A picture shared on Twitter from the upcoming Magic Leap 2 shows cameras on the controllers, used for upside-down tracking.
Back in January, we reported that Magic Leap 2 specs — or at least some of them — were being shared at SPIE Photonics West 2022. But it turns out we missed the company also revealing the controller to it. -even uses backward tracking. It wasn’t clear at the time what exactly that meant, but the picture shared this week by entrepreneur Peter Diamandis shows two front-facing cameras.
The controllers of almost all AR and VR systems available today are headset-tracked or rely on external base stations. Meta’s Quest 2, for example, tracks a pattern of infrared LEDs under the plastic ring of its controllers, while Valve’s Index controllers determine their position relative to SteamVR “Lighthouse” base stations placed in the corner of your room.
Relying on the headset for tracking has a flaw: if the controller moves out of sight of the sensors or any part of your body gets in the way, tracking will temporarily pause. This isn’t a problem for many use cases, but limits complex two-handed interactions and scenarios like looking left while shooting right. Using external base stations can alleviate most of these issues, but it increases setup time and severely limits portability – and the path from controllers to base stations can still be obstructed.
Magic Leap 1 and Pico Neo 2 used magnetic tracking. Unlike visible light, the magnetic field can pass through the human body, so occlusion is not a problem. But magnetic tracking isn’t as accurate as optical tracking systems can be, and adds significant weight and cost to hardware.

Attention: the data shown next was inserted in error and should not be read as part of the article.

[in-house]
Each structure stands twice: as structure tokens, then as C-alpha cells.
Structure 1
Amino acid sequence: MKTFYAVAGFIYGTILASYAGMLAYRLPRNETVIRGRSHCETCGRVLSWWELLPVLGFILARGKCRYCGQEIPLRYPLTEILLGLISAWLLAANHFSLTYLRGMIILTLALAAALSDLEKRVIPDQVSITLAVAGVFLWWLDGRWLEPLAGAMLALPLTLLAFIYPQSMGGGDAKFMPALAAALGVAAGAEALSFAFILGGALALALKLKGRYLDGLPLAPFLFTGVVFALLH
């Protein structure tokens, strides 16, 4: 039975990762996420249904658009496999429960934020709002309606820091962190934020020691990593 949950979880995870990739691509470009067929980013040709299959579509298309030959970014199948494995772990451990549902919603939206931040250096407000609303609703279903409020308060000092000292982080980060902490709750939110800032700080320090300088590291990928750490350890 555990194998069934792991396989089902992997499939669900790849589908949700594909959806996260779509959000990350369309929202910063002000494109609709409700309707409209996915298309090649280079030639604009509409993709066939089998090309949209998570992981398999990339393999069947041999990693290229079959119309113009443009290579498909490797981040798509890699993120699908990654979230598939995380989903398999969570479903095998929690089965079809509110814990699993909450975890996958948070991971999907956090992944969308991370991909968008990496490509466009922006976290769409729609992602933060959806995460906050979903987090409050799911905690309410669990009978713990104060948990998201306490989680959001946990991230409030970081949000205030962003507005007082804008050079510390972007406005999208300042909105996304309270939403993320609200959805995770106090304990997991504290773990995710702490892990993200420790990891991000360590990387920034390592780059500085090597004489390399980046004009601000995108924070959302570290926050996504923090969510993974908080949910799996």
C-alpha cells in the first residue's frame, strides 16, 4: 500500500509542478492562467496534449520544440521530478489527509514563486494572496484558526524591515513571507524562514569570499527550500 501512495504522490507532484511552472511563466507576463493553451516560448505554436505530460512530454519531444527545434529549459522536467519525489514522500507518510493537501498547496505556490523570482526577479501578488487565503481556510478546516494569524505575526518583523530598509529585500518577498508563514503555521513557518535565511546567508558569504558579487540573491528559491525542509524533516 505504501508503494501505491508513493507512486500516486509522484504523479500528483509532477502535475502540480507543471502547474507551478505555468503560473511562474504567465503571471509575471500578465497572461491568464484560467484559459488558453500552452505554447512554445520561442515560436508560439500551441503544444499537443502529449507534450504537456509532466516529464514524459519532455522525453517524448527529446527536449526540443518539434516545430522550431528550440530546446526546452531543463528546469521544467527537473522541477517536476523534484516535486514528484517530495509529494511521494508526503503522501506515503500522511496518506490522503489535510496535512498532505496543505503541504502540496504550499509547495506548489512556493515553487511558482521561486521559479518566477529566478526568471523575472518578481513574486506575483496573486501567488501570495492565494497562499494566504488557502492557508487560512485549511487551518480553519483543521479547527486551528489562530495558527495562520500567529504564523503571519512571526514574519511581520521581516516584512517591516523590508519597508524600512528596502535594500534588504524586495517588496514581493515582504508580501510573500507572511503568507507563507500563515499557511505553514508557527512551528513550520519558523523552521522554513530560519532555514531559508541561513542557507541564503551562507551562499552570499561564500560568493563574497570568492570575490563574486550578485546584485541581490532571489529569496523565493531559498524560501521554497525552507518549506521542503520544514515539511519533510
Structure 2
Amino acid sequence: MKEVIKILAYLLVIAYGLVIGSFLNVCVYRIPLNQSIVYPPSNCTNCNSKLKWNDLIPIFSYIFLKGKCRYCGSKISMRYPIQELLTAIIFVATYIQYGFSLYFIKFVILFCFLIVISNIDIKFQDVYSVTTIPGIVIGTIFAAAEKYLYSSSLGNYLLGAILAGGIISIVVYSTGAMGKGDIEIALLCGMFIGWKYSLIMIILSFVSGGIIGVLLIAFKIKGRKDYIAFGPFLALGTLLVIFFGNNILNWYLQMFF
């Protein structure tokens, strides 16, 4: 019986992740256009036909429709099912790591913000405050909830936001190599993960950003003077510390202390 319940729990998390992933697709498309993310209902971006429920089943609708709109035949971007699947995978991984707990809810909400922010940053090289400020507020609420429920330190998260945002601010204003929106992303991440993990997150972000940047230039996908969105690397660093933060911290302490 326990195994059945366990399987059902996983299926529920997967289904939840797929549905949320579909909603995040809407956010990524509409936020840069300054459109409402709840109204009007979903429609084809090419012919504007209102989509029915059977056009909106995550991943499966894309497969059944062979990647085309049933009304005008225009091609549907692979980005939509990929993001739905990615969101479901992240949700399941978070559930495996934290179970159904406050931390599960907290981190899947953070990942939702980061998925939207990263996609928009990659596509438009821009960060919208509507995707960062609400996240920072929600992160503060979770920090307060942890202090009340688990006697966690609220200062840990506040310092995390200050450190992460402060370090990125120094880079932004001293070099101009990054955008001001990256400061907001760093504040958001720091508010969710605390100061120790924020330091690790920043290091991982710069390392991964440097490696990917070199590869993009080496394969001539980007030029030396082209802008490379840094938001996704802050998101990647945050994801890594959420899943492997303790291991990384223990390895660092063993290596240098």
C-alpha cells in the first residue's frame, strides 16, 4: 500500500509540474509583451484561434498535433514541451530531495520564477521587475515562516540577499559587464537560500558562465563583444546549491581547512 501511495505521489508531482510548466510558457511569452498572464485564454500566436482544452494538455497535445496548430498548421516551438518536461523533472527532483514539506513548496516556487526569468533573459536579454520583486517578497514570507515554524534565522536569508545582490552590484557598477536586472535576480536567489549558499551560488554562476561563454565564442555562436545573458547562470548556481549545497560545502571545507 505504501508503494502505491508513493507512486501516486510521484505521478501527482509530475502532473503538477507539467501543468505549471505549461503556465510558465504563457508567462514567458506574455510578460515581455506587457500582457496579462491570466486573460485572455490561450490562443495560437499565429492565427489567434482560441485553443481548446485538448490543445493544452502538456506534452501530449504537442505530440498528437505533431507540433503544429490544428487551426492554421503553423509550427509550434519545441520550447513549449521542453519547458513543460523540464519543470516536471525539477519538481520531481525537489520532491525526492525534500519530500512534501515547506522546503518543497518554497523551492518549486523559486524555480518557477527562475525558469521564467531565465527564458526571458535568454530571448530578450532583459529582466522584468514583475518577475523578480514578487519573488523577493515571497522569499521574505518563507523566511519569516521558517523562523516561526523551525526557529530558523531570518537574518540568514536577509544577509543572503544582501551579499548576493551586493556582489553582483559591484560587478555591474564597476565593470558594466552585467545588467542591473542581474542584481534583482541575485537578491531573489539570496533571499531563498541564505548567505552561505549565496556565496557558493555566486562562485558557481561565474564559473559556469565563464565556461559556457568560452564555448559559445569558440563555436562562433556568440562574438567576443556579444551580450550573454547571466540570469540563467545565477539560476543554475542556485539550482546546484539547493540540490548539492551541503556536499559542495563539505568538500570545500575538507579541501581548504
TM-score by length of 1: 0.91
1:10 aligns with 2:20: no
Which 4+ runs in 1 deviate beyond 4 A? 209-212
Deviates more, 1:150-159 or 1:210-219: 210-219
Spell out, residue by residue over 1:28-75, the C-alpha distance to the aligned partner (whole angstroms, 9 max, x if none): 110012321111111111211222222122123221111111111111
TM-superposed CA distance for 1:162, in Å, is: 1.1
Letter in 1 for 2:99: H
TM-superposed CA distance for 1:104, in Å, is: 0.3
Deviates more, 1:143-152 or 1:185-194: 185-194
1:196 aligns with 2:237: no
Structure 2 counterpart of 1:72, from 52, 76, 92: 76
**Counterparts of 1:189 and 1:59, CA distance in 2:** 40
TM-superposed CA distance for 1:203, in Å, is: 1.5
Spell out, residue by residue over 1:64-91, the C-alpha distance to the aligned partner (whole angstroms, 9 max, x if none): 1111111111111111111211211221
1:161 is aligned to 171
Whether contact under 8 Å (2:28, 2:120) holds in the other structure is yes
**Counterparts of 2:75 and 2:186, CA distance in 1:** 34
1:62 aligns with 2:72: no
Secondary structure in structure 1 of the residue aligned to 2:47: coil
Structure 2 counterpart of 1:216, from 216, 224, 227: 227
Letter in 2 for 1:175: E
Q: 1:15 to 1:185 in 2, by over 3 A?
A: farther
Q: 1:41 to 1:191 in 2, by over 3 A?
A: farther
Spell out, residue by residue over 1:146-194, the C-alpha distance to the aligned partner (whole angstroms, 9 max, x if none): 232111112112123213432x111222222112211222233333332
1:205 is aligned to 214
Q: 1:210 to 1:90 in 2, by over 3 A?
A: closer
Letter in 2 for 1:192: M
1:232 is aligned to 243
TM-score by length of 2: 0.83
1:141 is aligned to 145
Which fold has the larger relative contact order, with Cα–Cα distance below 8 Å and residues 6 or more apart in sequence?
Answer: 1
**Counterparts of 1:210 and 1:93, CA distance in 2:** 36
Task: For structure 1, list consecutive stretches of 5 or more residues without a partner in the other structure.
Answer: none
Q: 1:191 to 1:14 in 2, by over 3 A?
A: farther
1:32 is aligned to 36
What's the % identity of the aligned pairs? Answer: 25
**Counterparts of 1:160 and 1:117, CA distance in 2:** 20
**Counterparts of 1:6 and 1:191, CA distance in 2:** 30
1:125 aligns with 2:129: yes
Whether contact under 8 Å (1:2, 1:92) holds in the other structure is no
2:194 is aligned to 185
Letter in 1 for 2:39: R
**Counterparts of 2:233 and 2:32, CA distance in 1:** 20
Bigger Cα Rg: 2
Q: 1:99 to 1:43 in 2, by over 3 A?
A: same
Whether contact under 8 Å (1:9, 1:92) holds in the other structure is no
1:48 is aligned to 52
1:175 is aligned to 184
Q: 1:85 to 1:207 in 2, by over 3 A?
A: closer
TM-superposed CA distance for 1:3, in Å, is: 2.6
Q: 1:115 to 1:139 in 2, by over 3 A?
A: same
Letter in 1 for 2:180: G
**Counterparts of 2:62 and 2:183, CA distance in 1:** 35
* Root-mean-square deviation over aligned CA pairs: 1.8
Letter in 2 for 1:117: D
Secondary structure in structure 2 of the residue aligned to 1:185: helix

Controllers with onboard cameras promise to solve the occlusion problem while maintaining high accuracy by tracking each other in much the same way as upside-down headsets – using a type of algorithm called Simultaneous Localization and Mapping ( SLAM). SLAM basically works by comparing acceleration (from an accelerometer) and rotation (from a gyroscope) to how high-contrast elements in your room move relative to the cameras. The initial SLAM algorithms were handcrafted, but most today use at least some machine learning.
Potential disadvantages of this approach are the cost of a chip powerful enough to run the tracking algorithm, reduced battery life due to the power the chip would consume, and the need to have an environment well-lit with high-contrast features such as posters – although this limitation also applies to upside-down helmets. Some have suggested that tracking quality may be reduced in fast motion due to motion blur, but that shouldn’t be more of an issue than tracking fast-moving LEDs – a global shutter sensor with slower dwell time. low exposure should make this a non-issue.
Meta is apparently also considering using controllers with built-in tracking in its upcoming Project Cambria headset. Images of Quest-like controllers with cameras instead of an LED ring first leaked in September, and the rings aren’t featured in the official trailer either.
Magic Leap 2 and Project Cambria are slated for release this year, though neither has a specific release window. They are very different products – ML2 is a transparent AR headset designed for business while Cambria is an opaque headset for virtual and mixed reality – but whichever launches first will be the first AR or VR system to use this new approach. monitoring controllers.